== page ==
Cimitero delle Fontanelle
Come face-to-face with Napoli’s previous residents at the Fontanelle Cemetery in the Materdei neighbourhood. Thousands of anonymous remains, many of them plague victims, were laid to rest in these volcanic caves from the 17th century onwards. The site even spawned a cult with devotees dedicated to caring for the unnamed remains until the cemetery was closed in 1969.
Cimitero delle Fontanelle, Via Fontanelle, 80, Napoli, Italy, +39 081 795 6160
Chiesa del Purgatorio ad Arco
The Neapolitan cult of the dead continues at the Chiesa del Purgatorio ad Arco – one look at its baroque façade and morbid iconography, and it’s obvious this church is different than the rest. Built in 1616, the church is split across two levels. The street-level church contains a number of fascinating death-related artworks, while the underground hypogeum was once a burial place for the city’s pezzentelle – the poorest residents without family or a home. Look out for the skull of Lucia, a young bride who supposedly died in a shipwreck along with her husband.
Purgatorio ad Arco, Via dei Tribunali, 39, Napoli, Italy, +39 333 383 2561
Il Chiostro dei Santi Marcellino e Festo
The Church of the Monastery of Saints Marcellino and Festo, formed when two adjacent female monasteries were united in the 16th century, is lavishly decorated with gilded stucco, colourful frescoes and carved woodwork. However, save for special occasions when the church doors are opened, it’s only accessible with a reservation. Fortunately, part of the complex is now occupied by the Museum of Paleontology, so for a €2.50 entrance ticket, visitors can at least see the church’s rectangular cloister filled with lush green palms and trickling water features.
Museo di Paleontologia, Largo S. Marcellino, 10, Napoli, Italy, +39 081 253 7516
Castello Aragonese di Baia
Built in the late 15th century by the Aragonese, the Castle of Baia is perched on a rocky outcrop of the Bay of Pozzuoli, about 15 miles outside of Naples. Originally built to defend against possible invasion from the French, the castle now displays local archeological treasures found in the volcanic Campi Flegrei area. Admission is free between Tuesday and Friday and only €4 on weekends, but check the website for the latest information, as parts of the museum are sometimes closed. Last entrance is at 1pm.
Museo Archeologico dei Campi Flegrei, Via Castello, 39, Bacoli, Italy, +39 081 523 3797
Il crocifisso ferito
In 1923, a fire broke out in the Church of San Carlo all’Arena and sent a marble crucifix crashing to the floor. The sculpture, carved by Michelangelo Naccherino in 1599, was painstakingly pieced back together and returned to the church. Known ever since as il crocifisso ferito, or ‘the wounded crucifix’, the statue is all the more moving for its injuries.
Palazzo Donn’Anna isn’t open to the public, but its eerie beauty and place in local folklore make it well worth a look anyway. Overlooking the sea, the villa was built in the 17th century for Anna Carafa, the princess of Stigliano in southern Italy, by her husband Ramiro Guzman, the Spanish viceroy of Naples. One story goes that Anna was killed during a revolt against the royals, while Ramiro fled to Madrid, leaving her ghost to haunt the palace for eternity.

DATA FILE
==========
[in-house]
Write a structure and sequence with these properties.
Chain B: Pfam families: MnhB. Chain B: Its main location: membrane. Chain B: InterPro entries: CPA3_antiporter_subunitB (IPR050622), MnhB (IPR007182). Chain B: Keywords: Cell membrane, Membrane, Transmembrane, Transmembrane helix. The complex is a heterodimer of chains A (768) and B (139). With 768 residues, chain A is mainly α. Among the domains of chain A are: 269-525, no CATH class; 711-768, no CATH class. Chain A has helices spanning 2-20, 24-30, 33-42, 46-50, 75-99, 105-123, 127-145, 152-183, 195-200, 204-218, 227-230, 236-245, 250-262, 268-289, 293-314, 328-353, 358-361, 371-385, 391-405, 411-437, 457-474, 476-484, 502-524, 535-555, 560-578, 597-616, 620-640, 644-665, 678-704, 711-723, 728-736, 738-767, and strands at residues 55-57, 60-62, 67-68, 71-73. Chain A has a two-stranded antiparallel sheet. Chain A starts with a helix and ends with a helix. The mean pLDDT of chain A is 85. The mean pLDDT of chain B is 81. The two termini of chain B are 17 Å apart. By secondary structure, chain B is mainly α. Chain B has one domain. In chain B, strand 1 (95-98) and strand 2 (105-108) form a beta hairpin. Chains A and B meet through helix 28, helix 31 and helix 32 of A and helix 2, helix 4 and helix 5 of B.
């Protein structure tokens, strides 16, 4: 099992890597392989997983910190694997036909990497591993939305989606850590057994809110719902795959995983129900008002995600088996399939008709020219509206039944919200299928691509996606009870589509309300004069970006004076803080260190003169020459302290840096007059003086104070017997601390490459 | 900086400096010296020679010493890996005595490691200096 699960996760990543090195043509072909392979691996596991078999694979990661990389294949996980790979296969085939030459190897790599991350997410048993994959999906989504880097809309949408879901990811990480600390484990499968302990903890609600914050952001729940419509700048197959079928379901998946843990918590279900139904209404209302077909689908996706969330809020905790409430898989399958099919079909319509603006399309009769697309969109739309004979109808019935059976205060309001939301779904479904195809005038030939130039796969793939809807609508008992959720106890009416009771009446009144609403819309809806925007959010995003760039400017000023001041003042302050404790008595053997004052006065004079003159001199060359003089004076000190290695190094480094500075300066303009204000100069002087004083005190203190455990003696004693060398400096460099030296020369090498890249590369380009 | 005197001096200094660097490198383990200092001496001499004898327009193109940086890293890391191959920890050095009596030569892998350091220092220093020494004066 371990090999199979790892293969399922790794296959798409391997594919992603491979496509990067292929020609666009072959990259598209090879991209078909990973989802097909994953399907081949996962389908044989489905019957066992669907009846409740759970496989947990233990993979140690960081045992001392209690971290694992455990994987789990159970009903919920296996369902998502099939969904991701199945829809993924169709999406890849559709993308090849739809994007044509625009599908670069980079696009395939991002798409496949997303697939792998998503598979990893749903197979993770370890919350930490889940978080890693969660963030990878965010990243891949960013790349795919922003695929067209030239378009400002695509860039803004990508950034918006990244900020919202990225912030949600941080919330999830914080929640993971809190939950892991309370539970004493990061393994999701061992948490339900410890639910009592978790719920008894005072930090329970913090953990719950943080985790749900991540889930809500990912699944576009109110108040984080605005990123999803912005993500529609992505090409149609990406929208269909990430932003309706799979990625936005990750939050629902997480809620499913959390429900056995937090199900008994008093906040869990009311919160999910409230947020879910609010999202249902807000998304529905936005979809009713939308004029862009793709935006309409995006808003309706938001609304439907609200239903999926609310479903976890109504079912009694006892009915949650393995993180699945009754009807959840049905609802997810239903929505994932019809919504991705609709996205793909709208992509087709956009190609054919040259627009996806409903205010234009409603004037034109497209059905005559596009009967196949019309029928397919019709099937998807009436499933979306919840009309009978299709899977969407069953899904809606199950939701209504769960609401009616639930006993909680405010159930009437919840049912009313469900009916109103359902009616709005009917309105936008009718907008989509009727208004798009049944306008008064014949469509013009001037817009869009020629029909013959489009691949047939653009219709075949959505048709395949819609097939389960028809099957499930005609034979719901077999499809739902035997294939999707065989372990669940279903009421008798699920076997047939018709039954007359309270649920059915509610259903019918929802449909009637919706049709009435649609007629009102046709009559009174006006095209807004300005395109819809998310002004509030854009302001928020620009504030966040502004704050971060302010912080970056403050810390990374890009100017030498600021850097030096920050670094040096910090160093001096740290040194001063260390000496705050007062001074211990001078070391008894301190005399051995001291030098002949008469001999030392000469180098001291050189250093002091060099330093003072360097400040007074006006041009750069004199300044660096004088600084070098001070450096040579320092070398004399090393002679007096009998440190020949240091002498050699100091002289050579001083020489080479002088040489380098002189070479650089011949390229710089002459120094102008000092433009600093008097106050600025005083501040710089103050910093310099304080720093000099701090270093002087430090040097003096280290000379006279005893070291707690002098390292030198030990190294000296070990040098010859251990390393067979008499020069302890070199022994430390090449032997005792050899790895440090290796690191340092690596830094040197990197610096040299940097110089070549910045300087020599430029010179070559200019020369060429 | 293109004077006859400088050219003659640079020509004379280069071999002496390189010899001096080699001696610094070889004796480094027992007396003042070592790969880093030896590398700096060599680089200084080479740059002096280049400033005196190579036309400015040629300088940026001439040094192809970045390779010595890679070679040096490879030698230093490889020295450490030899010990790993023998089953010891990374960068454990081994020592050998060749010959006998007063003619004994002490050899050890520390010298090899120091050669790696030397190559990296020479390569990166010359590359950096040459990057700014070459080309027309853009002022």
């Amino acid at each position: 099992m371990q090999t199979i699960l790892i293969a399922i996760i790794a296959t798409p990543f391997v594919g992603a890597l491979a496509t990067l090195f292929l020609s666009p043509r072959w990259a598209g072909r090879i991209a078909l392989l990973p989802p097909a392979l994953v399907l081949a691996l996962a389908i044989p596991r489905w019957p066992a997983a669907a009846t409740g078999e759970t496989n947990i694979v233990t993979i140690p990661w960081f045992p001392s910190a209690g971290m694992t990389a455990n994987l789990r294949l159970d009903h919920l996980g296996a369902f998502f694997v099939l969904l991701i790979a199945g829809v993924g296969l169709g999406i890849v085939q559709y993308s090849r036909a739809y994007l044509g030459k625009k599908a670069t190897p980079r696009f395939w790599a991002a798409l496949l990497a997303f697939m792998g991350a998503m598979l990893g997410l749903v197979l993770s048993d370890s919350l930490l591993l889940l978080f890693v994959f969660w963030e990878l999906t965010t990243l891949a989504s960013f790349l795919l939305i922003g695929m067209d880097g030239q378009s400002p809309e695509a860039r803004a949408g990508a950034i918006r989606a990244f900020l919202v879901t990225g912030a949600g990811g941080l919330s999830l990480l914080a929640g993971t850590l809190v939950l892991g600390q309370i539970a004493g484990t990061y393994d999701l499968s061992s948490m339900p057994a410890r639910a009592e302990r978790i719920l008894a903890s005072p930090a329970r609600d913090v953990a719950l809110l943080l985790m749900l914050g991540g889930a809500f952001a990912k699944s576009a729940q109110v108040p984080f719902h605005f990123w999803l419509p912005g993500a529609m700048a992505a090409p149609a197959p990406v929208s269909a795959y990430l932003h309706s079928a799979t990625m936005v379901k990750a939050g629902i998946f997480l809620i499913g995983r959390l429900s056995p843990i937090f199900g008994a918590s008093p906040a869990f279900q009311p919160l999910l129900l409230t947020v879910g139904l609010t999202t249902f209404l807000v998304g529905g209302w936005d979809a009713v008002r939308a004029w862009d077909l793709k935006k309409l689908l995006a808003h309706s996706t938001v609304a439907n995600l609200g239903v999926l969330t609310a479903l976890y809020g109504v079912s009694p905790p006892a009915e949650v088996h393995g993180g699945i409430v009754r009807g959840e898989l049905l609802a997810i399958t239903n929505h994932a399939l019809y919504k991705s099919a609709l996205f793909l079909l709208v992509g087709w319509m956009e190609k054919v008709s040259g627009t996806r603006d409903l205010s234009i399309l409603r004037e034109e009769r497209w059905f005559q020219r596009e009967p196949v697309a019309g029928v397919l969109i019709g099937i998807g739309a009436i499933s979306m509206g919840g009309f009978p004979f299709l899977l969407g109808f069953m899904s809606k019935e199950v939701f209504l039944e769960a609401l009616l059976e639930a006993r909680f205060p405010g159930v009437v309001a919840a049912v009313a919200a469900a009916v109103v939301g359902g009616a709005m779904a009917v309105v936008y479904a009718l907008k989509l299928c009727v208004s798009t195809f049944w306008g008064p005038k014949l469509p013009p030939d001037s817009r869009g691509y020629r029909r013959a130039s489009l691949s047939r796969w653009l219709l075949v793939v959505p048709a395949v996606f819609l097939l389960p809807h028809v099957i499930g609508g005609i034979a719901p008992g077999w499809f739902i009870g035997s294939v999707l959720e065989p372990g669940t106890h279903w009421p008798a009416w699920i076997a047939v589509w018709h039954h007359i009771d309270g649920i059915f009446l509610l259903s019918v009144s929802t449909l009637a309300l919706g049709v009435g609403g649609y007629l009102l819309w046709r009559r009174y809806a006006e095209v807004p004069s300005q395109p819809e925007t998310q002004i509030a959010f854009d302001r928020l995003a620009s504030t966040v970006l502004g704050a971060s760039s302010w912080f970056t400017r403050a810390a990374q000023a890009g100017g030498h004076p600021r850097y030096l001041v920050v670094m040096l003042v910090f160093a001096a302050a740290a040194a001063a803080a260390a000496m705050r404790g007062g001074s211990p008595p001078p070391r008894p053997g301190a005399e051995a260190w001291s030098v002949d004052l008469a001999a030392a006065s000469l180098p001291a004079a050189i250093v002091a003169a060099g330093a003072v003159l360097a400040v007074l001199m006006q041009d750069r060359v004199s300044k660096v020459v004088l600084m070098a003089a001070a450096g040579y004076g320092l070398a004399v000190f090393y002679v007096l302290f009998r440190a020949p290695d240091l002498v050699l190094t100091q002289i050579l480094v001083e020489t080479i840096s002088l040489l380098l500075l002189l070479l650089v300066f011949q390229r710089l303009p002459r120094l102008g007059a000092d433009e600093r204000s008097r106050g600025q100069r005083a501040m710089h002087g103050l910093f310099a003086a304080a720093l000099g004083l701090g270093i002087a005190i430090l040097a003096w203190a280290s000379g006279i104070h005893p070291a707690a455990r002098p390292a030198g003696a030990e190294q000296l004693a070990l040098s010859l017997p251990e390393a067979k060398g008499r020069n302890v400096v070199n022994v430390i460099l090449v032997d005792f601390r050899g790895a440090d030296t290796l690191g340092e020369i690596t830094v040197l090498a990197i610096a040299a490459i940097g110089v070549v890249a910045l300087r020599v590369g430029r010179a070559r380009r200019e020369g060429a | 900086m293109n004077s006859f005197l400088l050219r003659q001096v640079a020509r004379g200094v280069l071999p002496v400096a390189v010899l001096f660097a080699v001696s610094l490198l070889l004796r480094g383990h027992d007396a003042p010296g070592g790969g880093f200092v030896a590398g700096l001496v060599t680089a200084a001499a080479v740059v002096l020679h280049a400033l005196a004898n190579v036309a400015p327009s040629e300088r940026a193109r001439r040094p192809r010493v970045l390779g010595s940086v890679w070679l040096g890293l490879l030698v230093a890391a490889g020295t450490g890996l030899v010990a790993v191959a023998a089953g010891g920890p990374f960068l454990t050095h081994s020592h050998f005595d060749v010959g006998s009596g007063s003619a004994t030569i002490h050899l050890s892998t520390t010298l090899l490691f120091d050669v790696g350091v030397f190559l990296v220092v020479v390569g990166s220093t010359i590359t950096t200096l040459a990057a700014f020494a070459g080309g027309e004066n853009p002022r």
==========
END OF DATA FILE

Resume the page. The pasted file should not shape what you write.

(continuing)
Palazzo Donn’Anna, Largo Donn’Anna, Napoli, Italy, +39 081 575 3808
Palazzo della Borsa
The monumental building of the Chamber of Commerce was built in 1895 and housed the stock exchange until it was moved to Milan in 1992. Many locals are unaware that the grandiose neo-Renaissance trading floor, lined with marble columns and lunettes depicting Hermes and Dionysus, can still be visited. The trading boards used pre-digitalisation, featuring Alitalia and electricity company ENEL, are particularly charming.
Villa Doria d’Angri
Built in the 1830s in the Posillipo area of the city, Villa Doria d’Angri affords stunning views across the Port of Naples and beyond. In its prime, the villa’s terraces featured lush hanging gardens with fountains and exotic plants. Much of the extravagant interiors have also been lost to time, but some of the original Pompeian-style frescoes survive in a few rooms. The building is now owned by the Parthenope University of Naples and houses a naval museum.
The Stadio San Paolo might seat 60,000 people, but taking in a football match is pretty much off the radar of most tourists in Naples. It’s been almost 30 years since S.S.C Napoli won a scudetto, but the city’s passion for the beautiful game remains strong. Get to know the calcio-loving locals at a partita.
Stadio San Paolo, Piazzale Vincenzo Tecchio, Napoli, Italy, +39 081 509 5344
Palazzo dello Spagnolo
Dating back to 1738, the Palazzo dello Spagnolo was designed by Ferdinando Sanfelice and is perhaps the most important example of Neapolitan baroque civil architecture. The star of the show is undoubtedly the building’s extraordinary monumental staircase – its five archways and double-ramped stairwell were also featured in the films Processo alla città (The City Stands Trial) and Giudizio Universal (The Last Judgement).
Palazzo dello Spagnolo, Via Vergini, 19, Napoli, Italy, +39 081 795 1111
Isola della Gaiola
The Isola della Gaiola is a small but perfectly formed island – well, two islets, actually – that affords stunning panoramic views across the Gulf of Naples. Yet, the island remains deserted with locals telling stories of a curse that befalls anyone who dares visit this secluded spot. Today, the island is part of the Gaiola Underwater Park and is a scenic destination for snorkeling and diving, with archeological ruins and many species of wildlife to admire.